“A wall, for example, has two sides. For those on one side it may signify the protection of their rights and security, for those on the other side it may signify exclusion and the violation of their rights.”
Despite of Green Line reminds to the indigenous the past, Turkish Cypriots were willing to forget in order to unify the community and achieve a form of progress, some of them claimed that “history is going to be a lesson in order to move forward”. For them the division means something permanent and they prefer to let the “bloody” history in the past as opposed to the Greek Cypriots were hope to bring back to their pre-1974 homes. For understanding better the wider context of this physical boundary the southern side of the Green Line is constructed with barrels, sand bags and barbed wire in order to provide a visual connection without obstacles to the north side and to removed them easier in contrast the north’s side construction is a wall to prevent the visual contact. For Turkish Cypriots the capital city is “Lefkosha” they consider that “Lefkosia” is an another capital city of another country where spread next of the edges of their state. Although, they consider that this piece of land which separate them interprets a physical boundary to protect them from the Greek Cypriots attacks.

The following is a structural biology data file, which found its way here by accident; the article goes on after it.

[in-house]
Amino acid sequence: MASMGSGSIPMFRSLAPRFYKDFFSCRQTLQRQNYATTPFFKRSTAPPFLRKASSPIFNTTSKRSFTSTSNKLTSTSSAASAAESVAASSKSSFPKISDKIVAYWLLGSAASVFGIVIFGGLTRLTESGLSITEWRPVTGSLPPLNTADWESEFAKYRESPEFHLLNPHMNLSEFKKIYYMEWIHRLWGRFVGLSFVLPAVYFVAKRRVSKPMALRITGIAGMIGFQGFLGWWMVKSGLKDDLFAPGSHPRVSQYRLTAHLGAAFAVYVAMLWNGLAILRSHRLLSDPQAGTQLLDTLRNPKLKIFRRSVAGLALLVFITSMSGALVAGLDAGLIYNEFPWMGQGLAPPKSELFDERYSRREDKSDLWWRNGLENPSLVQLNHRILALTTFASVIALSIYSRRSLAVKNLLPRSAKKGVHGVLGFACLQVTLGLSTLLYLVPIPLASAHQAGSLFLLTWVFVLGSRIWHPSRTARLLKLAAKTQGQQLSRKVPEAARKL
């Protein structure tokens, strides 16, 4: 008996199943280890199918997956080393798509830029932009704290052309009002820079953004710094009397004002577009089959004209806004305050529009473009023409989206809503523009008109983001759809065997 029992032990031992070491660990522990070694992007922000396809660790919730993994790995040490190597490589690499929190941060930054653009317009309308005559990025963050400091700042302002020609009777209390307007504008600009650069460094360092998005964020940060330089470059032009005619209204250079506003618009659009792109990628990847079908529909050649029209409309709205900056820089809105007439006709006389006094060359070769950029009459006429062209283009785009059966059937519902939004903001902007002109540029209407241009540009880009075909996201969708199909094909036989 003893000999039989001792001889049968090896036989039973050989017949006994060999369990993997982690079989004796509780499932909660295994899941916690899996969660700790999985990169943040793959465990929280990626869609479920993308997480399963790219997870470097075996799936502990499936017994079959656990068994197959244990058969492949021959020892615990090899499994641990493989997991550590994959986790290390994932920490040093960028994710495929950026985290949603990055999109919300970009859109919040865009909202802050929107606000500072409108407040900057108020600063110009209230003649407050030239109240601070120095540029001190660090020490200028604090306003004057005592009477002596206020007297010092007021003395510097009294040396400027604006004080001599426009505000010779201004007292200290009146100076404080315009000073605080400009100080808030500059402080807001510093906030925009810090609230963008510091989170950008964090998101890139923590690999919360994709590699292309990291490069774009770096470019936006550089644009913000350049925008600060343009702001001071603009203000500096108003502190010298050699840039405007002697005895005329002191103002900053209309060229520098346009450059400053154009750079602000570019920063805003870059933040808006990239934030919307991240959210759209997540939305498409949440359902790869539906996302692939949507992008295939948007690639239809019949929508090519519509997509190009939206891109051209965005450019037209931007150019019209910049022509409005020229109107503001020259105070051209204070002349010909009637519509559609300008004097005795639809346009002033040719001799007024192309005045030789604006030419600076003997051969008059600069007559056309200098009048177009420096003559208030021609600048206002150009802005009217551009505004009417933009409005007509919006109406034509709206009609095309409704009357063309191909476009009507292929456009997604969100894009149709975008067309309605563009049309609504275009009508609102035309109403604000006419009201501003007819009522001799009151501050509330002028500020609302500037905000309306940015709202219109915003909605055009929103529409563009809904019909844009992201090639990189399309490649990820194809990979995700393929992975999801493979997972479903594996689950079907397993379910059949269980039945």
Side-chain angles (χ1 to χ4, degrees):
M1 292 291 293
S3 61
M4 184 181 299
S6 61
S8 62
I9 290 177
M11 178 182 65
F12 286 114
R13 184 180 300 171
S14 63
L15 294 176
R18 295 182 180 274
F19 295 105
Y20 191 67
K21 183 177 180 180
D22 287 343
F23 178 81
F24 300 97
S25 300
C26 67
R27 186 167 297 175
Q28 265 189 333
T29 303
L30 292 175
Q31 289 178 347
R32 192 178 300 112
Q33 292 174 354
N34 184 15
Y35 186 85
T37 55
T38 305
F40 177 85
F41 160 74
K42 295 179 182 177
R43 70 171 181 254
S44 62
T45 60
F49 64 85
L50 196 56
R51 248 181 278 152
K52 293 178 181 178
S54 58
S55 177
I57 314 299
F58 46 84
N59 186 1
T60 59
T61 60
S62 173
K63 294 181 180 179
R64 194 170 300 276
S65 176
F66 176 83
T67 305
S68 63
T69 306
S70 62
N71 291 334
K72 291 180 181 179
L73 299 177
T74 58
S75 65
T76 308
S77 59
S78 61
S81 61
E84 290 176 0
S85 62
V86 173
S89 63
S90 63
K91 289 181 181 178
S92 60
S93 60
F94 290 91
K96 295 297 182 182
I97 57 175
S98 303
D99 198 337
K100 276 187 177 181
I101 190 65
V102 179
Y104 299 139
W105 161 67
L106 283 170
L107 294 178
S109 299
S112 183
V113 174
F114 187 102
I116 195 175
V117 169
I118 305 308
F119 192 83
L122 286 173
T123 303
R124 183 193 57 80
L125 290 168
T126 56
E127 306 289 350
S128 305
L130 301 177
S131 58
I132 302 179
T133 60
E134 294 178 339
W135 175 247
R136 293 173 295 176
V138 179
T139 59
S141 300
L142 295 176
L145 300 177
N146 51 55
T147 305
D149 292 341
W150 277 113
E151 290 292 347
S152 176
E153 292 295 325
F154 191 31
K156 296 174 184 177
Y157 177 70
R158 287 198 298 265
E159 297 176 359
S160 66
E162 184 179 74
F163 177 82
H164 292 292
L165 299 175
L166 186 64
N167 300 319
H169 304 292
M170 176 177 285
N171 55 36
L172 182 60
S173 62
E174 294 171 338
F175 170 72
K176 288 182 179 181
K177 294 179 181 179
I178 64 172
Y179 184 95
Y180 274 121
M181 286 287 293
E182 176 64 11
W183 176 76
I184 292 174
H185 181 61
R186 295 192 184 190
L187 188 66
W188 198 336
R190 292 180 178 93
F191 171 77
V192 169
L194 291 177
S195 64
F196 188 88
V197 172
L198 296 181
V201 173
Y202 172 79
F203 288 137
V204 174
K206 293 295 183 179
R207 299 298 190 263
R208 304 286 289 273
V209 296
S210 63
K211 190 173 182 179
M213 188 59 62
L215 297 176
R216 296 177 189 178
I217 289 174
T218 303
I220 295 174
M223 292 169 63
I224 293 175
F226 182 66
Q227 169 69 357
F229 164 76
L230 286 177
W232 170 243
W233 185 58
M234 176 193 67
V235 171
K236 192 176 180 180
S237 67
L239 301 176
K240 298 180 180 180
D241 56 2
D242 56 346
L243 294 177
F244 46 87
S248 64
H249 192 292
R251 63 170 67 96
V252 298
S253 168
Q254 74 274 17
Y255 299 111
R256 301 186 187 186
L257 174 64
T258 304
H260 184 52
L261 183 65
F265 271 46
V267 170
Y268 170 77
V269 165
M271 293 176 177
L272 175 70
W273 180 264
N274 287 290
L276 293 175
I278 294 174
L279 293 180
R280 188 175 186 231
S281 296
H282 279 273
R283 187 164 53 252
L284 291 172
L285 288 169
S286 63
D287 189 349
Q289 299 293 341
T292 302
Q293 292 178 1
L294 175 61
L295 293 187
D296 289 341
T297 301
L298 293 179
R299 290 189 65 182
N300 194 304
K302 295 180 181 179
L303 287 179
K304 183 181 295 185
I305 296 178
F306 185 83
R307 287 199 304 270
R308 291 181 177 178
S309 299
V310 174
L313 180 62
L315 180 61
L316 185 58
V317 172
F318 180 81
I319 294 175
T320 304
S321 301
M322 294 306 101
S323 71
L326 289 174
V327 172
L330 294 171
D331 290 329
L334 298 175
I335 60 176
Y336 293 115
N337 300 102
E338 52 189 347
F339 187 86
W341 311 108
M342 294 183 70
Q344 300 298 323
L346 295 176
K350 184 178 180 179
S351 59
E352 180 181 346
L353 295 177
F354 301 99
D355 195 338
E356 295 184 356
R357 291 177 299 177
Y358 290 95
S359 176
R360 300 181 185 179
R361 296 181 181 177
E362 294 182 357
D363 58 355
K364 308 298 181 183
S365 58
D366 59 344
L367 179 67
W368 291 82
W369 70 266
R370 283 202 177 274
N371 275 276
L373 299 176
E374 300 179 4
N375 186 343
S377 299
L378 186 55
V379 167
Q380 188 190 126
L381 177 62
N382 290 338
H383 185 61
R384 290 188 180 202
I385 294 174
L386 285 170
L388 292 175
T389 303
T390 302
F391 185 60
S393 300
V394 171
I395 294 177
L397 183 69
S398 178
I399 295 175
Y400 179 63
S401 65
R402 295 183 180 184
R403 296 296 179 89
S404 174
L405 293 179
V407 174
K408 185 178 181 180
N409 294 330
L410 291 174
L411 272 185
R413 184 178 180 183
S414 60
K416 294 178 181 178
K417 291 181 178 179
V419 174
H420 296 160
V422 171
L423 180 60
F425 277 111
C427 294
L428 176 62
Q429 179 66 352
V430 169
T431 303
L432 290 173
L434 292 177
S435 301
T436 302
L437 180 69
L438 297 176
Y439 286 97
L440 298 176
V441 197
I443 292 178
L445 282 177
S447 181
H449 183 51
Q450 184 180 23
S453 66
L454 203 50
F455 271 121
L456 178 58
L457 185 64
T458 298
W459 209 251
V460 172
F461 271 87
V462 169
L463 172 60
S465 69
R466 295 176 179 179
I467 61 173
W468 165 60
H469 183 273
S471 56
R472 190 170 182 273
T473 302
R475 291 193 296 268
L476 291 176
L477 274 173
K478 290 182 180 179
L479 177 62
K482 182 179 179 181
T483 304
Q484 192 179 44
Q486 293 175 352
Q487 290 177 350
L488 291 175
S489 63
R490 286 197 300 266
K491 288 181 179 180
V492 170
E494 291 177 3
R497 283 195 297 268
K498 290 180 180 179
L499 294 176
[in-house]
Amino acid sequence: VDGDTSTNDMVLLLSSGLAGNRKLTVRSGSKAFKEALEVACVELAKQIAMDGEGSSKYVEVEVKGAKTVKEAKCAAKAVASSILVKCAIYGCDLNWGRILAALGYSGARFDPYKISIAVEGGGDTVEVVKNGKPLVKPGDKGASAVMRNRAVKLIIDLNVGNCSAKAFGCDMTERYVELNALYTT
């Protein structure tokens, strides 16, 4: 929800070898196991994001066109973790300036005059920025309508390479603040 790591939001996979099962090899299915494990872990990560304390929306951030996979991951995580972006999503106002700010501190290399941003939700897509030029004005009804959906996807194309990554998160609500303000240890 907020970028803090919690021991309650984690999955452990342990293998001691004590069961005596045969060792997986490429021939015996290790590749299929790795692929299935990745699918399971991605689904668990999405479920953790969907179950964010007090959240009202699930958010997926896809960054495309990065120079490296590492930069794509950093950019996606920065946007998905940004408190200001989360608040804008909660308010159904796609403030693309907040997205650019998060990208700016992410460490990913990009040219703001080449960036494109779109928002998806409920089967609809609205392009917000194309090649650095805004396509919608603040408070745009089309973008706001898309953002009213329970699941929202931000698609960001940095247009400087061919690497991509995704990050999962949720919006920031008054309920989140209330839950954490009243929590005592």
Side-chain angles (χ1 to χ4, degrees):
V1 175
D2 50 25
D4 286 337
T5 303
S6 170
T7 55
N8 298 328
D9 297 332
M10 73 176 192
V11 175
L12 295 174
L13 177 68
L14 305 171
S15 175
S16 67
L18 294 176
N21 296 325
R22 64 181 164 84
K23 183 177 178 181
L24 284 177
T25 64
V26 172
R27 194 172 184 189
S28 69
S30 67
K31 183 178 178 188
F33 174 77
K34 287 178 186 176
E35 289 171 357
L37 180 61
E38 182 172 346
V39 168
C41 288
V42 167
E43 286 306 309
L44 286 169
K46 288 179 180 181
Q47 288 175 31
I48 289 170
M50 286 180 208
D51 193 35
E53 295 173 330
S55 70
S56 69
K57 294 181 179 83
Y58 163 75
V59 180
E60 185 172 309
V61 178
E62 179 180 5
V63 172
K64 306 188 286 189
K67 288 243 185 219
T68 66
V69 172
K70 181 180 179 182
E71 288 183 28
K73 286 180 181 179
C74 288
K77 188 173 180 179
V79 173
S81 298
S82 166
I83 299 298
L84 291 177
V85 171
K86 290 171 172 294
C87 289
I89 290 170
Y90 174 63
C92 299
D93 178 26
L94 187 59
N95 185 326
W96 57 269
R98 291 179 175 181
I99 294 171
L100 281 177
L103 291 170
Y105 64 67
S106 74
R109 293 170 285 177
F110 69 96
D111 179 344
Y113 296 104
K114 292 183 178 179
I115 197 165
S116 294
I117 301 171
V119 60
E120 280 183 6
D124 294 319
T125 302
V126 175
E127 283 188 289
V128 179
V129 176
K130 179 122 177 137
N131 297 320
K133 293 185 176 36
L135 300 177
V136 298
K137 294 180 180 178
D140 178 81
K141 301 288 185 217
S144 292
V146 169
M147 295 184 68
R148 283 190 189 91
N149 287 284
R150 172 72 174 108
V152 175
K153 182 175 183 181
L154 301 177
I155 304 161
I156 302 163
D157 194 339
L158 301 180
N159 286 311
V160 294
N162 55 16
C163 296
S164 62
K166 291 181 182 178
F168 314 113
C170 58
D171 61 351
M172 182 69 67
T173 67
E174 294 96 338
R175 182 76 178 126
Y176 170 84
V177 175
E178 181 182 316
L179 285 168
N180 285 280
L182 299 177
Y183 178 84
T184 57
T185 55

The period of exchange population Turkish Cypriots signify that the north side of the island will be their own state, their own permanent home the idea of something permanent and safe leads them to forget easily their pre-1974 villages where reminded negative experiences. North is their home, they do not feel refugees, they do not feel nostalgia for their previous life and places. On the other hand, the fact of exchange population costs to the Greek Cypriots who consider themselves at this point refugees in their own country. They had feeling the sense of nostalgia and they wanted to return back to their real homes. The officially policy of Greek Cypriots offered them place for staying but they will never consider that places as their permanent houses, neither the next generations. They remember their places, they consider that their homes are occupied. They used to talk about the two parts of capital city and they referred the southern side as “ free Nicosia” (eleutheri Lefkosia) and the northern side as “occupied Nicosia” (katahomeni Lefkosia).